7 Transportation – Because no one was commuting for a few months, roadworks have been accomplished in our region in record time. And if I were in charge, I would seriously start looking at items 4, 5, and 6 above before allocating tons more roadworks. It just strikes me that commuting might diminish. I’m sure there are statisticians and prognosticators of all sorts out there in this field of work who are scrambling to sort out new realities but from where I’m sitting as the average driver, 2020 has been a good thing for transportation. Forward choices aren’t always easy but we can see what it’s like when there are less cars on the highways because of 2020.
8 Education – There will never again be a need for snow days. At least not the traditional reasons of worrying about children’s safety on icy roads, etc. But the technological advancements, while a massive struggle and learning curve for all concerned, have shown us so many new ways to provide education. There won’t be any going back in the longterm for education delivery. Colleges have been accessible around the world instead of needing to be in one location. Elementary and secondary schooling has been reinvented. It’s not all perfect. But we have learned there are other ways to deliver information, and test it, and track it, and all of those processes are going to use technology to improve conditions. And, speaking of tech, our region is a perfect example of how we CAN deliver netbooks and laptops to kids who can’t afford them and how we can get high speed internet available in ALL regions of the country. All good things from 2020.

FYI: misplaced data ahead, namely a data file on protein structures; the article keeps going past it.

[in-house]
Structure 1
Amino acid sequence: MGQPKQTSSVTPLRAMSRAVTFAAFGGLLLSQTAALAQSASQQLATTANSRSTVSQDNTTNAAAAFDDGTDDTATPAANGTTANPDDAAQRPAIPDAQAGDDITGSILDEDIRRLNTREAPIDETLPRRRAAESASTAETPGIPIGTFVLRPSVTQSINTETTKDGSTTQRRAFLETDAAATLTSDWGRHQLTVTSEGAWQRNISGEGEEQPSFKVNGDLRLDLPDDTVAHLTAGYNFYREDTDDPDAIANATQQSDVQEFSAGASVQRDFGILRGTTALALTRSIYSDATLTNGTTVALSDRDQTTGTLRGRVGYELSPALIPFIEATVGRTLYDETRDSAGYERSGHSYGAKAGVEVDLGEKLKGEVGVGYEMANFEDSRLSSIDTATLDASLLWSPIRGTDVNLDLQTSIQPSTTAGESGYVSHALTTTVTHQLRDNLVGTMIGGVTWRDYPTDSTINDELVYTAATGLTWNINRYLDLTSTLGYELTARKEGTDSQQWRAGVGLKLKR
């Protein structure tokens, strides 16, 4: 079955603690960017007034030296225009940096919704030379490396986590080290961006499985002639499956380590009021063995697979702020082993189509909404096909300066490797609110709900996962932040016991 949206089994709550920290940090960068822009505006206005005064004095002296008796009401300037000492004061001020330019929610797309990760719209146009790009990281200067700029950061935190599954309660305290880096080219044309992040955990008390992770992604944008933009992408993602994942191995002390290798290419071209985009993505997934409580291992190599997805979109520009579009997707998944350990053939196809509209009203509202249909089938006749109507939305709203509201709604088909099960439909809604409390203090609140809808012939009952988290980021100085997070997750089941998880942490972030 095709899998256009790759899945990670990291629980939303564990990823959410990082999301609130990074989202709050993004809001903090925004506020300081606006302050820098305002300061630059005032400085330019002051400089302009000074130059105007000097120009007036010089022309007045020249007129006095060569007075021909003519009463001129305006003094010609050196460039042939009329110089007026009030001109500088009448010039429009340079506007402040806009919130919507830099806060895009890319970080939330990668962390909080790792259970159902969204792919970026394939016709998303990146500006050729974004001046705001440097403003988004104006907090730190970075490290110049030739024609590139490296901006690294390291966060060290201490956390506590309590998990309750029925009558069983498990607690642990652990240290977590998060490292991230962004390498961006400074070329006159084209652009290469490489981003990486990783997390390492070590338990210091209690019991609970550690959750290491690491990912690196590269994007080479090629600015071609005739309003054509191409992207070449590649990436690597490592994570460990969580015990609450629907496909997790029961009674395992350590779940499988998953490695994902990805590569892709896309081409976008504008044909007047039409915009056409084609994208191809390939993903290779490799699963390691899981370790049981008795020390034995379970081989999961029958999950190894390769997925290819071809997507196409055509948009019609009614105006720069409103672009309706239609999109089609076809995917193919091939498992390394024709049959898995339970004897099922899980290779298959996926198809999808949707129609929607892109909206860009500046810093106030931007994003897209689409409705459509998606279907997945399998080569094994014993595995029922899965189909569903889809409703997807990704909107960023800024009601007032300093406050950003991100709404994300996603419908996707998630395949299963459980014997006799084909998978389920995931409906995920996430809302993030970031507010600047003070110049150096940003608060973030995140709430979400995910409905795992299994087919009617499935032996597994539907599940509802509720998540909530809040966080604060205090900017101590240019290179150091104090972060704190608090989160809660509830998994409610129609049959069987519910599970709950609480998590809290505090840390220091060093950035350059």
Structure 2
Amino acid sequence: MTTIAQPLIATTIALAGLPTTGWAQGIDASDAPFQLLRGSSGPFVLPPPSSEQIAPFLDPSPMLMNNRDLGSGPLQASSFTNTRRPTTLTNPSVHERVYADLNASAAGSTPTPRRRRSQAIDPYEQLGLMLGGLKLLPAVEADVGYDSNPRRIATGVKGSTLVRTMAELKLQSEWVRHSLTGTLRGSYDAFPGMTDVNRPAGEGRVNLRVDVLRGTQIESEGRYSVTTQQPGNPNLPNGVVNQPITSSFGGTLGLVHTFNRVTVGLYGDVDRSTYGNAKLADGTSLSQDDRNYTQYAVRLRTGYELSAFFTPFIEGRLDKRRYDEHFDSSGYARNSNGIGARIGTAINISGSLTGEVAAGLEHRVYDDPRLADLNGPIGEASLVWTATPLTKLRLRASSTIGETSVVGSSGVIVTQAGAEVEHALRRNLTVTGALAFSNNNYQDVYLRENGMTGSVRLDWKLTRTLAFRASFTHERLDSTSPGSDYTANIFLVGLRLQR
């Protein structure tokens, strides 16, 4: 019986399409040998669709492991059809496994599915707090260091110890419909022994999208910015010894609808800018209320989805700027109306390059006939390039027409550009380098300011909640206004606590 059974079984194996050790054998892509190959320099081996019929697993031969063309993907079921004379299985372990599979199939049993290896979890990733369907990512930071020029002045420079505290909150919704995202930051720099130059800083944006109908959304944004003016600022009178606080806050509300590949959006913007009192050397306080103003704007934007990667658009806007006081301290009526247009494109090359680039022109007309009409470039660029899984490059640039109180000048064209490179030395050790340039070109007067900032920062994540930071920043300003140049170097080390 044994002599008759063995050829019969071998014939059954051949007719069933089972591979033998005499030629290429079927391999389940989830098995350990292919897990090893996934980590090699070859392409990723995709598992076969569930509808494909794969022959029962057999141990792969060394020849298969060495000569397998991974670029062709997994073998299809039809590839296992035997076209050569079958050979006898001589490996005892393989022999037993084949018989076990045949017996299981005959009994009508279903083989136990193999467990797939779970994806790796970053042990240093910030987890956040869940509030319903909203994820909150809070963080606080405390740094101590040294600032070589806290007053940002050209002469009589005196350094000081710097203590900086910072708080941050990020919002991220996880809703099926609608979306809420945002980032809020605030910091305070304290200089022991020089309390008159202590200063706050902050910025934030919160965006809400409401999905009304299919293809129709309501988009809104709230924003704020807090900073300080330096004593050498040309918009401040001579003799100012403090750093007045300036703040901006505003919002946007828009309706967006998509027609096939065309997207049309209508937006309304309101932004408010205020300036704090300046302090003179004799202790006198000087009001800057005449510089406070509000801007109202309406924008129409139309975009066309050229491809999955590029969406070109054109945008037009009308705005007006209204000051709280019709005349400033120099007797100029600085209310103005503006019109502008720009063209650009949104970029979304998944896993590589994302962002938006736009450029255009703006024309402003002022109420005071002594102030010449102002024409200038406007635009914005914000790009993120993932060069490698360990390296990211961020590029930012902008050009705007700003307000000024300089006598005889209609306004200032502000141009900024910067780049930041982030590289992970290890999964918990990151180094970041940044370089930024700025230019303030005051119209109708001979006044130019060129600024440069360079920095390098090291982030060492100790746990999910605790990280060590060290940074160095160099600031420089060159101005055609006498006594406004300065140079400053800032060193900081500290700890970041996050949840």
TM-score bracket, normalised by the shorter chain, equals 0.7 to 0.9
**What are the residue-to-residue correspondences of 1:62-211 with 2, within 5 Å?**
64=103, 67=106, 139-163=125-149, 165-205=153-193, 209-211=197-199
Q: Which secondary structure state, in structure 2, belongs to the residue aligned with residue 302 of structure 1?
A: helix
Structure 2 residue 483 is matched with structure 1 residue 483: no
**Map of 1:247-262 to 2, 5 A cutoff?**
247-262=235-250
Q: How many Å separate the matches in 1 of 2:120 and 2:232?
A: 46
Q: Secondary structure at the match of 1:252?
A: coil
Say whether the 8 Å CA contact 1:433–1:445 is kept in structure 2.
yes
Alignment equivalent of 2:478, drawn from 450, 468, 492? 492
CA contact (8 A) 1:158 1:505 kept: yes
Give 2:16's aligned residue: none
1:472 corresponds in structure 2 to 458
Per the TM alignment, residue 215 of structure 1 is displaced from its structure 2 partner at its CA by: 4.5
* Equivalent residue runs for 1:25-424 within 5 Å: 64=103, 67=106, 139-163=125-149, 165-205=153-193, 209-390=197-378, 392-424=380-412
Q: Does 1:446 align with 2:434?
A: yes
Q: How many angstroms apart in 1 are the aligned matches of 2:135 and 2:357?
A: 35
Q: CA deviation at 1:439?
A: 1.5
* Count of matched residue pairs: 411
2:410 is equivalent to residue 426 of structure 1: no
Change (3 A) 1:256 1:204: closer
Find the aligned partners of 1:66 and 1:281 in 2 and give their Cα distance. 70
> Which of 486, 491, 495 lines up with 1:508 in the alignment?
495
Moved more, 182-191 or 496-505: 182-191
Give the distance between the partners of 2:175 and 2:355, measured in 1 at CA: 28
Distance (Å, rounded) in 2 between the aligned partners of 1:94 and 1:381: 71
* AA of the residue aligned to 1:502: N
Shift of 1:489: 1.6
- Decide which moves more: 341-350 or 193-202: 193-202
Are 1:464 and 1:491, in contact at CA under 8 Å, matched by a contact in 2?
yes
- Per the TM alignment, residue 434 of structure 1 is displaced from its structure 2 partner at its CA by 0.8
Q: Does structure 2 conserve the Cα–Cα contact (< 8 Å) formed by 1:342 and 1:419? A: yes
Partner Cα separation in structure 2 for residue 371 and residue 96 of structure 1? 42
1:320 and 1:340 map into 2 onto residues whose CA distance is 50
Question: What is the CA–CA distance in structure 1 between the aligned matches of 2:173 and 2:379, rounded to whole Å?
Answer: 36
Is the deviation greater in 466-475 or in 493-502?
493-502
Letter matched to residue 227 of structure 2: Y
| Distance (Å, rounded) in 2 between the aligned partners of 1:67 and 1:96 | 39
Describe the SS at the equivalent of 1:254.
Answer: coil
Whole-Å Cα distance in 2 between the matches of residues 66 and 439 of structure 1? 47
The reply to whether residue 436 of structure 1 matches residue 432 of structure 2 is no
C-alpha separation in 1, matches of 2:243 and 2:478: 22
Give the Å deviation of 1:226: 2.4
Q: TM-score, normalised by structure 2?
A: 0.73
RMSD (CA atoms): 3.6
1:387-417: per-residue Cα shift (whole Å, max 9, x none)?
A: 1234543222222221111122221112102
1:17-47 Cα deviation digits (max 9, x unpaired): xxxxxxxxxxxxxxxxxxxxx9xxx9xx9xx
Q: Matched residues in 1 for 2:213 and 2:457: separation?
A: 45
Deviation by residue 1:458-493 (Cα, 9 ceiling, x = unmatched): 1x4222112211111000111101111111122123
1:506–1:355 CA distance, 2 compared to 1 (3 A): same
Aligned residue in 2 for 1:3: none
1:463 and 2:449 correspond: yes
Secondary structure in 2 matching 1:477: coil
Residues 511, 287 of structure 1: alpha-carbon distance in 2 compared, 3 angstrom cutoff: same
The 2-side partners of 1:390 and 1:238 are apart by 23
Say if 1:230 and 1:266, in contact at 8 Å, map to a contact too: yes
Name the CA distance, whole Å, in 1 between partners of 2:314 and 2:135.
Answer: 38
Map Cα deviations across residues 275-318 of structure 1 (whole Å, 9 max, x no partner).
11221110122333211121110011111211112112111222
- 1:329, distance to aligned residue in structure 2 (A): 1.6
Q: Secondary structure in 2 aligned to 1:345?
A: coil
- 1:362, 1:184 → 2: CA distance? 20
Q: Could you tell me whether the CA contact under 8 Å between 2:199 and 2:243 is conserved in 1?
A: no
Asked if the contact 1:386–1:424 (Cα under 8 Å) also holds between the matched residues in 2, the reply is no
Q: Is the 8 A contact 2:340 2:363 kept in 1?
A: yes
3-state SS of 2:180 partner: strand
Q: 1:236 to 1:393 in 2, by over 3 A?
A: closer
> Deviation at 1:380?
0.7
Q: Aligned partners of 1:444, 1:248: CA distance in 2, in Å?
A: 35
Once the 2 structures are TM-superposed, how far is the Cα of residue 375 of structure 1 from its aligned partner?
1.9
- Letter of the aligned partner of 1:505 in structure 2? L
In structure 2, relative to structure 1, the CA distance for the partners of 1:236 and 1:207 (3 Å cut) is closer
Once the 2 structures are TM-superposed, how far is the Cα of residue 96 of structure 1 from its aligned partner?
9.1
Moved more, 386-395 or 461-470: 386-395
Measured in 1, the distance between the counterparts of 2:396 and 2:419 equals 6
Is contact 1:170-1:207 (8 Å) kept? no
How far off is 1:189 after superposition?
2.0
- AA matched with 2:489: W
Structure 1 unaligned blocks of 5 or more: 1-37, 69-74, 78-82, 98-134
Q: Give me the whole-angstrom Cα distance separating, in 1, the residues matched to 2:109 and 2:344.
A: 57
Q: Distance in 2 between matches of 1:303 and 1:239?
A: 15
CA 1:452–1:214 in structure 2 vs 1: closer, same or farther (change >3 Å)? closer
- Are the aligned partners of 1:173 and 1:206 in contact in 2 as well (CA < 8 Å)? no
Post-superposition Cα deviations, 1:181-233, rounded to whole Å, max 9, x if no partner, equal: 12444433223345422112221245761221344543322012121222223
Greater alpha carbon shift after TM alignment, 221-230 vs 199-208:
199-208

9 Democracy – Here in America it’s been a wild 2020 for democracy. Without choosing any sides what we can ALL appreciate is record numbers have turned out to vote and we have discovered both the value and the risks of remote and early voting. It’s a work in progress but we have proven democracy can withstand this pandemic crisis and massive polarization. Because of 2020. And now we know we have much work to do – from invasive interlopers of all stripes, to election security, to finding ways for the disadvantaged to exercise their rights to vote. Democracy wins because we evaluate our strengths and weaknesses. And playing out our challenges in such a visible way helps other nations and peoples understand democracy and assess their own situations and challenges. Because of 2020.
10 Robots – I believe we’re just now starting to see the affects of robots in manufacturing and logistics. Because of pandemic distancing and contamination issues and manpower challenges, many businesses have finally brought in more robots to complete regular tasks. Unions have long resisted the robotization of their industries, but the gig is up as they say. Robots have kept us fed, deliveries more consistent, and workers safer in 2020.
(Images are not the authors but used with permission from various sources.)